John E. Scharer

Professor Emeritus

513 Engineering Research Building
1500 Engineering Drive
Madison, WI 53706

Ph: (608) 263-1614
Fax: (608) 265-2438
scharer@engr.wisc.edu


Profile Summary

We also are carrying out 193 nm excimer laser (300 mJ/pulse) creation of high density (1013/cm3) plasmas of large dimension (50 cm long x 20 cm wide x 5 cm thick).The short pulse laser plasma can be then sustained by inductively coupled radiofrequency power.These plasmas have applications as an agile mirror microwave reflector or absorber.Research on radiofrequency sustainment of high pressure atomic and air component plasmas with flow is carried out. These plasmas have important applications in the communications, materials processing and environmental areas. A two-dimensional finite-difference computer code has been developed to describe the antenna coupling, wave propagation and heating of plasmas by these radiofrequency waves.Comparisons with experiments are carried out using state-of-the-art multiprocessor workstations. We have constructed a helicon radiofrequency (1-200 MHz) plasma source steady-state plasma wave facility to carry out wave propagation and heating in an inhomogeneous plasma. The wave amplitude and phase and two-port network analyzer antenna measurements are made, stored, and analyzed utilizing an online computer data acquisition system. The experiment is used to study efficient plasma source production which can be used for a variety of applications. These include submicron etch materials processing, gas processing and simulations of space plasmas. Theoretical, computational, and experimental research is carried out in the areas of radiofrequency plasma sources for materials processing multi-tone experiments and linearized signal processing for broadband travelling wave amplifiers and plasma wave heating for controlled fusion. I also carry out research on excimer laser formation of plasmas and the analysis of and experiments on millimeter broadband wave amplifiers for satellite use. I am also particularly interested in antenna wave coupling, propagation, heating and current drive for the ion cyclotron frequency range (50-200 MHz) in tokamak plasmas. Theoretical formulations and computational research is carried out by a state-of-the-art fiber optics multiprocessor workstation computer facilities to model antenna coupling and plasma heating utilizing radio frequencies and for analysis of gain and nonlinearities in multi-frequency travelling wave amplifiers. The research is carried out by grants from NSF, AFOSR, ONR and DOE. Examples of research currently carried out with graduate students and scientists in our group and with other faculty are indicated as follows:

Education

  • PhD 1966, University of California--Berkeley

Research Interests

  • Electromagnetic wave propagation and antennas for communications
  • Free-electron and excimer lasers
  • Microwave and millimeter wave amplifiers
  • Computer simulation of and experiments on plasma waves and radiofrequency plasma sources for materials processing
  • Radiofrequency wave antenna coupling, heating and current drive in fusion plasmas

Links

Courses

Fall 2016-2017

  • ECE 790 - Master\'s Research or Thesis

  • ECE 890 - Pre-Dissertator\'s Research
  • ECE 990 - Research or Thesis
  • ECE 399 - Independent Study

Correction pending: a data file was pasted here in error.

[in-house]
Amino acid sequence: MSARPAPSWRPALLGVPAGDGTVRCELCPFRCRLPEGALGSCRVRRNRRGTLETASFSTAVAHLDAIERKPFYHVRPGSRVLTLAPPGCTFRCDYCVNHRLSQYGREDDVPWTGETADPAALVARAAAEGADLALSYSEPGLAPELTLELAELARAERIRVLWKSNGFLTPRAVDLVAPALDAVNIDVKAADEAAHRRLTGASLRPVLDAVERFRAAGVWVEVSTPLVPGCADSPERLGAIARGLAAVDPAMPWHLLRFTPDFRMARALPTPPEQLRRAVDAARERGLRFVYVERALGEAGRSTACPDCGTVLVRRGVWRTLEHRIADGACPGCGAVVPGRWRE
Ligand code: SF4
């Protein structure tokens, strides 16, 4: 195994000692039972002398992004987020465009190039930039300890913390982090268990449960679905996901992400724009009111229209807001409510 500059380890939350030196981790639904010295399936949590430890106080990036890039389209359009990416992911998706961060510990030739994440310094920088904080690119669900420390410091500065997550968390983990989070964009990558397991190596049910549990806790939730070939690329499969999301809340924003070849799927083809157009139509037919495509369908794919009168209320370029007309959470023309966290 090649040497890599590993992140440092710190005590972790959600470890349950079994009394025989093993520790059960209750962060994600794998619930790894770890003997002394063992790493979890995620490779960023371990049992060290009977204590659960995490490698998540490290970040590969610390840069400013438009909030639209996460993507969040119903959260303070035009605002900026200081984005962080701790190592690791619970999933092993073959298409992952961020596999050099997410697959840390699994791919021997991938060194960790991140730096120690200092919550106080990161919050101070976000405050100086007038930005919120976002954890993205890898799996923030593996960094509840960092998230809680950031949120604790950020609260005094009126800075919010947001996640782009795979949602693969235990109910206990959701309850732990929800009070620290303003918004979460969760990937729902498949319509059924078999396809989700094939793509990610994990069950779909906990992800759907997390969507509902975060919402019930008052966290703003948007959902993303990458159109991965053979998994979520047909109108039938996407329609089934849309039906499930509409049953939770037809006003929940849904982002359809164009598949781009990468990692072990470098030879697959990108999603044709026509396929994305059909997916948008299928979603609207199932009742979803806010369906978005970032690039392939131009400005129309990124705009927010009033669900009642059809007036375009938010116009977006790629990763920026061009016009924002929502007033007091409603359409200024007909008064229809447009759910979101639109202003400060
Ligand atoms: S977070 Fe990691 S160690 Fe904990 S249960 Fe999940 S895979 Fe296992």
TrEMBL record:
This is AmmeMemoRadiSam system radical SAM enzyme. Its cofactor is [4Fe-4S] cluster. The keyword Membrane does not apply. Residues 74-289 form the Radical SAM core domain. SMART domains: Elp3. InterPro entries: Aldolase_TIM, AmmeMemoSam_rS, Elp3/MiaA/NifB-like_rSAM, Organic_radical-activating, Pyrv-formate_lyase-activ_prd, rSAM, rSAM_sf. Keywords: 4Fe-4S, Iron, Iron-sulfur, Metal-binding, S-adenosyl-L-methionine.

• ECE 491 - Senior Design Project
  • Profile Summary

    We also are carrying out 193 nm excimer laser (300 mJ/pulse) creation of high density (1013/cm3) plasmas of large dimension (50 cm long x 20 cm wide x 5 cm thick).The short pulse laser plasma can be then sustained by inductively coupled radiofrequency power.These plasmas have applications as an agile mirror microwave reflector or absorber.Research on radiofrequency sustainment of high pressure atomic and air component plasmas with flow is carried out. These plasmas have important applications in the communications, materials processing and environmental areas. A two-dimensional finite-difference computer code has been developed to describe the antenna coupling, wave propagation and heating of plasmas by these radiofrequency waves.Comparisons with experiments are carried out using state-of-the-art multiprocessor workstations. We have constructed a helicon radiofrequency (1-200 MHz) plasma source steady-state plasma wave facility to carry out wave propagation and heating in an inhomogeneous plasma. The wave amplitude and phase and two-port network analyzer antenna measurements are made, stored, and analyzed utilizing an online computer data acquisition system. The experiment is used to study efficient plasma source production which can be used for a variety of applications. These include submicron etch materials processing, gas processing and simulations of space plasmas. Theoretical, computational, and experimental research is carried out in the areas of radiofrequency plasma sources for materials processing multi-tone experiments and linearized signal processing for broadband travelling wave amplifiers and plasma wave heating for controlled fusion. I also carry out research on excimer laser formation of plasmas and the analysis of and experiments on millimeter broadband wave amplifiers for satellite use. I am also particularly interested in antenna wave coupling, propagation, heating and current drive for the ion cyclotron frequency range (50-200 MHz) in tokamak plasmas. Theoretical formulations and computational research is carried out by a state-of-the-art fiber optics multiprocessor workstation computer facilities to model antenna coupling and plasma heating utilizing radio frequencies and for analysis of gain and nonlinearities in multi-frequency travelling wave amplifiers. The research is carried out by grants from NSF, AFOSR, ONR and DOE. Examples of research currently carried out with graduate students and scientists in our group and with other faculty are indicated as follows:


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